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The assumption is that any human characteristic is spread
in a normal way across the general population.
When the incidence of that characteristic is plotted on a
graph, the graph will form a curve of normal distribution.
The majority of people will fall in the middle of the graph
with a minority being at either extreme of the graph.
The same is true of normal and abnormal behaviour. If
someone's behaviour falls within the bottom or top 2.5%
(more than two standard deviations away from the mean)
then it is considered abnormal.
A good example of this is IQ. 65% of the population have an
IQ between 85 and 115 and the average IQ is 100. The
majority of the population (95%) have an IQ between 70
and 130. therefore those with an IQ below 70 fall into the
bottom 2.5% of the population and so could be considered
abnormal.…read more

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Does not tell us the difference between desirable
behaviour that is statistically infrequent and undesirable
behaviour that is infrequent.
A person may have a score above what is classed as
abnormal according to this definition e.g. an IQ of 71, and
so be classed as abnormal but they still may need help.
Some behaviours that would be classed as within the
normal range because so many people have them, such as
anxiety and depression, but are seen as abnormal in a
clinical sense. Kessler et al (1994) reported that 48% of
Americans have suffered with a mental disorder, in terms
of statistical frequency, this means that soon it will be 50%
meaning that it is normal to have a mental illness and it is
abnormal to be without a mental illness because they are
the minority.
However it does give us a definite cut off point and one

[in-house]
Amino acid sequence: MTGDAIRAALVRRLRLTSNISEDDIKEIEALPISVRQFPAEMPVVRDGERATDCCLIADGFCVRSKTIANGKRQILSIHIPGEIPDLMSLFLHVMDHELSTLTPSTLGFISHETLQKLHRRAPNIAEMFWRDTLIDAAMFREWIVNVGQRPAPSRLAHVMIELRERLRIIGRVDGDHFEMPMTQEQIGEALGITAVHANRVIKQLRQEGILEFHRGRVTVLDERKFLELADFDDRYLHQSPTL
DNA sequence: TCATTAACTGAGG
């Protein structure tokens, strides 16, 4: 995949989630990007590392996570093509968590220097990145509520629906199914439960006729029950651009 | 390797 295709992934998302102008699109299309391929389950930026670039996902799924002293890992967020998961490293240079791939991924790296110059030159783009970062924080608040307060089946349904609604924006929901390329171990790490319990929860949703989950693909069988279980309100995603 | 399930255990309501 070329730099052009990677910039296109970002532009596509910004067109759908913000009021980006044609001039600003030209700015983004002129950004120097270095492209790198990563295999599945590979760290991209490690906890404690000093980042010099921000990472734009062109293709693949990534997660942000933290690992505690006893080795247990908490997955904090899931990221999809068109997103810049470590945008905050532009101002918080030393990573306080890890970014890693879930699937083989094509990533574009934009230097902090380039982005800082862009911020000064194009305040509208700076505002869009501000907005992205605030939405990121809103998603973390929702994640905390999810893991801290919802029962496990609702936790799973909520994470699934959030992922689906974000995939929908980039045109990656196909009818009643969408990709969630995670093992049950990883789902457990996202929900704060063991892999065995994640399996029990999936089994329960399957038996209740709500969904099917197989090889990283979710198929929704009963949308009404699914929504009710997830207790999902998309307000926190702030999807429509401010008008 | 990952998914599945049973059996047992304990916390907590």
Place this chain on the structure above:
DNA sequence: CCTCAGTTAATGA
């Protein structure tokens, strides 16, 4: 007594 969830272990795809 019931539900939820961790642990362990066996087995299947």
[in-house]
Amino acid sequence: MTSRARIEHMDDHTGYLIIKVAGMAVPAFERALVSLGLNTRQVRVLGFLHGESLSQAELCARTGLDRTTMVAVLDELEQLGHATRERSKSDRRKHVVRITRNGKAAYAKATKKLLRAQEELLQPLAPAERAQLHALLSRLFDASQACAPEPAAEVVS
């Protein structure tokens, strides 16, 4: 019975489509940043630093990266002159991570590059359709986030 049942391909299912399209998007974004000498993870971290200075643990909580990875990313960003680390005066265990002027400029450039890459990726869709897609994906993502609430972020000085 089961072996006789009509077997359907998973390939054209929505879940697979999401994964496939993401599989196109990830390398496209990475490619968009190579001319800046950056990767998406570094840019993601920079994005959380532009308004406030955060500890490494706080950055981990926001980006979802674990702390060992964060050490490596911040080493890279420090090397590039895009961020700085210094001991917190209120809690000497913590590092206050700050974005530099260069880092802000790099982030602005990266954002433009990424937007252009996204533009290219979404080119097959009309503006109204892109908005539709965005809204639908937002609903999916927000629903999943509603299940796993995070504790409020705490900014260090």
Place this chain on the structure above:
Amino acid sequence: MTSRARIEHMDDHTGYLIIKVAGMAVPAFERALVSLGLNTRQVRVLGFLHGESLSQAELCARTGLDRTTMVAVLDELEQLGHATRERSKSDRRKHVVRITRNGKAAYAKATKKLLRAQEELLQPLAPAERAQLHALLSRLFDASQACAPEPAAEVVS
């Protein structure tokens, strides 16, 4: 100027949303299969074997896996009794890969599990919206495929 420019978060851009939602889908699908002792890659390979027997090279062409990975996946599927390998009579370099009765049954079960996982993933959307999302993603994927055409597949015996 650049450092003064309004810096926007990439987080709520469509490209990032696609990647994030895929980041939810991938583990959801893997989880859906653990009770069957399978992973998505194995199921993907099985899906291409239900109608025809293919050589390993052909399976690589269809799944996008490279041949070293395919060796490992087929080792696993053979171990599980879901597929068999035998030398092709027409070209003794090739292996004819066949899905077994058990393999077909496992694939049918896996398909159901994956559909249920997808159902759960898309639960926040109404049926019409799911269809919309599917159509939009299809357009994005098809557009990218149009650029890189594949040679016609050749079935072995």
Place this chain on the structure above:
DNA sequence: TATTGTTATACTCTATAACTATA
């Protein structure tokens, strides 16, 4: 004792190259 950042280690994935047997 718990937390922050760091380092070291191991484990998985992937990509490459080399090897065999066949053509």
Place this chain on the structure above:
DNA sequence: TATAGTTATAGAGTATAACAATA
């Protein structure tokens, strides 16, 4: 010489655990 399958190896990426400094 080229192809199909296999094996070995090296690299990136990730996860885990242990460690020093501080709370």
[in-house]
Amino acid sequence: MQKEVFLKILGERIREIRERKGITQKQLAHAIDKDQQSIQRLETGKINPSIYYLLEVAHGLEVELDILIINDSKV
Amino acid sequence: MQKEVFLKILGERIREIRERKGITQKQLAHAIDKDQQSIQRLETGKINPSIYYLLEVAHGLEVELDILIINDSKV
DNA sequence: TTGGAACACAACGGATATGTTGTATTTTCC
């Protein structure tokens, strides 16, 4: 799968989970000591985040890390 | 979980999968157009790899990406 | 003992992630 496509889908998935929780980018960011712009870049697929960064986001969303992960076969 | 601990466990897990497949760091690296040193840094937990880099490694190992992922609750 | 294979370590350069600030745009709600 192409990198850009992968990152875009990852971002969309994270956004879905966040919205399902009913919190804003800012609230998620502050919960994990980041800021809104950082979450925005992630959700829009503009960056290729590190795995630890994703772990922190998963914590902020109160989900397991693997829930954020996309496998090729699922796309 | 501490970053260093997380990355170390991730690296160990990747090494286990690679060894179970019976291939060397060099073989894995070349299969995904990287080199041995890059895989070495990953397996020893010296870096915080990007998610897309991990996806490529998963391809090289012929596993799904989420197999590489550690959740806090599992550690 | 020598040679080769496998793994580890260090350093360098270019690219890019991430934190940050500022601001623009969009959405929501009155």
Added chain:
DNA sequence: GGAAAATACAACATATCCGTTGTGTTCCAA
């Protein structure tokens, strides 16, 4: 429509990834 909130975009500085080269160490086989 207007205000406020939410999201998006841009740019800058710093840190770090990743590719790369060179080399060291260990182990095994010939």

which is objective, therefore taking away the subjectivity
of some of the other definitions of abnormality.…read more

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In every society there is a set of unwritten rules about the
behaviour that we expect in others and the behaviour we
don't expect. This sets our social norms, which decides
what behaviour is seen as normal, or moral.
If someone behaves in a way that does not conform to our
social norms we may feel anxious or threatened by them.
For example, we don't expect people to be talking to
themselves and may try to avoid them. However, if we
see that they have a mobile phone then this behaviour is
acceptable as it is a social norm to talk on the phone in
Some roles in society also come with what is considered to
be normal behaviour such as that doctors are expected to
be caring towards their patients.
However a number of factors need to be considered,
culture, situation/context, age, gender and historical
context.…read more

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This definition can lead to abuse of a persons rights based
on what society views as normal. In the past for example,
slaves who had an `irrational' desire to run away from
their masters were said to be suffering from
drapetomania. This would be an example of social control.
It is culturally biased, what may be acceptable in one
culture may not be in another.
Norms change over time so what one generation views as
abnormal the next generation may see as normal. For
example, 100 years ago single females who became
pregnant were put into mental asylums however now it is
accepted as part of our society.
The definition allows us to take several behaviours into
account which altogether may make us feel
uncomfortable, but which on their own would not be
classed as abnormal.…read more


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